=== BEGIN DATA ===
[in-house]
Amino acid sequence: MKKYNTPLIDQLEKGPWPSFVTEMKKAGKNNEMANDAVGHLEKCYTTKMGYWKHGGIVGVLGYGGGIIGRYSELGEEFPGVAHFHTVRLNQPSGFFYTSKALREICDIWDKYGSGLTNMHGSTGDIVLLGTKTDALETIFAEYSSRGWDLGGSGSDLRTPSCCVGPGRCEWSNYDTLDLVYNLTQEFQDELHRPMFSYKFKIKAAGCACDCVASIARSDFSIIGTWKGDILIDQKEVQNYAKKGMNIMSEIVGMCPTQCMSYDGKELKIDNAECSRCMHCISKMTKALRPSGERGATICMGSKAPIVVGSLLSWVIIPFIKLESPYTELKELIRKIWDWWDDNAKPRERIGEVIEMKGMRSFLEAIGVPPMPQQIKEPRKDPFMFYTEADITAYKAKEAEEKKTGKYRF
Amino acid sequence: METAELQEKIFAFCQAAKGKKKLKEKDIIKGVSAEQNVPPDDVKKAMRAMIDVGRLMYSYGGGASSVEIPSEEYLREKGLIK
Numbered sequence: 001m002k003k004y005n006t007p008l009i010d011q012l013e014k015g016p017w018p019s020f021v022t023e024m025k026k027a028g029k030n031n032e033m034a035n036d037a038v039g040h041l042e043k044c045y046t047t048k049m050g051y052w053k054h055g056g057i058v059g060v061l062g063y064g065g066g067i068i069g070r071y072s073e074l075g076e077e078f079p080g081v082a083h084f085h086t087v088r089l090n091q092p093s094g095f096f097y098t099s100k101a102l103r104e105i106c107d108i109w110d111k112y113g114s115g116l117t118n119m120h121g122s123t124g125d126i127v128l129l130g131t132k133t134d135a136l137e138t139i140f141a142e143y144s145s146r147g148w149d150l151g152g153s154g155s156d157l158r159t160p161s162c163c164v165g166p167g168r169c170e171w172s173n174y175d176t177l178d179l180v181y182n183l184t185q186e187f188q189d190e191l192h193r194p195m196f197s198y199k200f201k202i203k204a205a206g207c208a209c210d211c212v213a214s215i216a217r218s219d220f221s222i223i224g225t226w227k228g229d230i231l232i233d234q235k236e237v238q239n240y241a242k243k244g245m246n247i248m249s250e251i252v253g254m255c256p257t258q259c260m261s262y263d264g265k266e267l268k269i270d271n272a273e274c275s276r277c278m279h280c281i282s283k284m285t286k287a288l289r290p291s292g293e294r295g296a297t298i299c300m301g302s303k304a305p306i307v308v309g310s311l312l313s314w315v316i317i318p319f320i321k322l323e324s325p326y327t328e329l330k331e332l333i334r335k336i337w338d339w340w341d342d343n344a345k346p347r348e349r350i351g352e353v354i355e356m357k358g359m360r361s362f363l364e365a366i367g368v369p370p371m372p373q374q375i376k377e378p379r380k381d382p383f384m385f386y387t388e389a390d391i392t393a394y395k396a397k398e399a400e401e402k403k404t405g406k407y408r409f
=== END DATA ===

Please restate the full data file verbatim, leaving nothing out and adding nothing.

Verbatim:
[in-house]
Amino acid sequence: MKKYNTPLIDQLEKGPWPSFVTEMKKAGKNNEMANDAVGHLEKCYTTKMGYWKHGGIVGVLGYGGGIIGRYSELGEEFPGVAHFHTVRLNQPSGFFYTSKALREICDIWDKYGSGLTNMHGSTGDIVLLGTKTDALETIFAEYSSRGWDLGGSGSDLRTPSCCVGPGRCEWSNYDTLDLVYNLTQEFQDELHRPMFSYKFKIKAAGCACDCVASIARSDFSIIGTWKGDILIDQKEVQNYAKKGMNIMSEIVGMCPTQCMSYDGKELKIDNAECSRCMHCISKMTKALRPSGERGATICMGSKAPIVVGSLLSWVIIPFIKLESPYTELKELIRKIWDWWDDNAKPRERIGEVIEMKGMRSFLEAIGVPPMPQQIKEPRKDPFMFYTEADITAYKAKEAEEKKTGKYRF
Amino acid sequence: METAELQEKIFAFCQAAKGKKKLKEKDIIKGVSAEQNVPPDDVKKAMRAMIDVGRLMYSYGGGASSVEIPSEEYLREKGLIK
Numbered sequence: 001m002k003k004y005n006t007p008l009i010d011q012l013e014k015g016p017w018p019s020f021v022t023e024m025k026k027a028g029k030n031n032e033m034a035n036d037a038v039g040h041l042e043k044c045y046t047t048k049m050g051y052w053k054h055g056g057i058v059g060v061l062g063y064g065g066g067i068i069g070r071y072s073e074l075g076e077e078f079p080g081v082a083h084f085h086t087v088r089l090n091q092p093s094g095f096f097y098t099s100k101a102l103r104e105i106c107d108i109w110d111k112y113g114s115g116l117t118n119m120h121g122s123t124g125d126i127v128l129l130g131t132k133t134d135a136l137e138t139i140f141a142e143y144s145s146r147g148w149d150l151g152g153s154g155s156d157l158r159t160p161s162c163c164v165g166p167g168r169c170e171w172s173n174y175d176t177l178d179l180v181y182n183l184t185q186e187f188q189d190e191l192h193r194p195m196f197s198y199k200f201k202i203k204a205a206g207c208a209c210d211c212v213a214s215i216a217r218s219d220f221s222i223i224g225t226w227k228g229d230i231l232i233d234q235k236e237v238q239n240y241a242k243k244g245m246n247i248m249s250e251i252v253g254m255c256p257t258q259c260m261s262y263d264g265k266e267l268k269i270d271n272a273e274c275s276r277c278m279h280c281i282s283k284m285t286k287a288l289r290p291s292g293e294r295g296a297t298i299c300m301g302s303k304a305p306i307v308v309g310s311l312l313s314w315v316i317i318p319f320i321k322l323e324s325p326y327t328e329l330k331e332l333i334r335k336i337w338d339w340w341d342d343n344a345k346p347r348e349r350i351g352e353v354i355e356m357k358g359m360r361s362f363l364e365a366i367g368v369p370p371m372p373q374q375i376k377e378p379r380k381d382p383f384m385f386y387t388e389a390d391i392t393a394y395k396a397k398e399a400e401e402k403k404t405g406k407y408r409f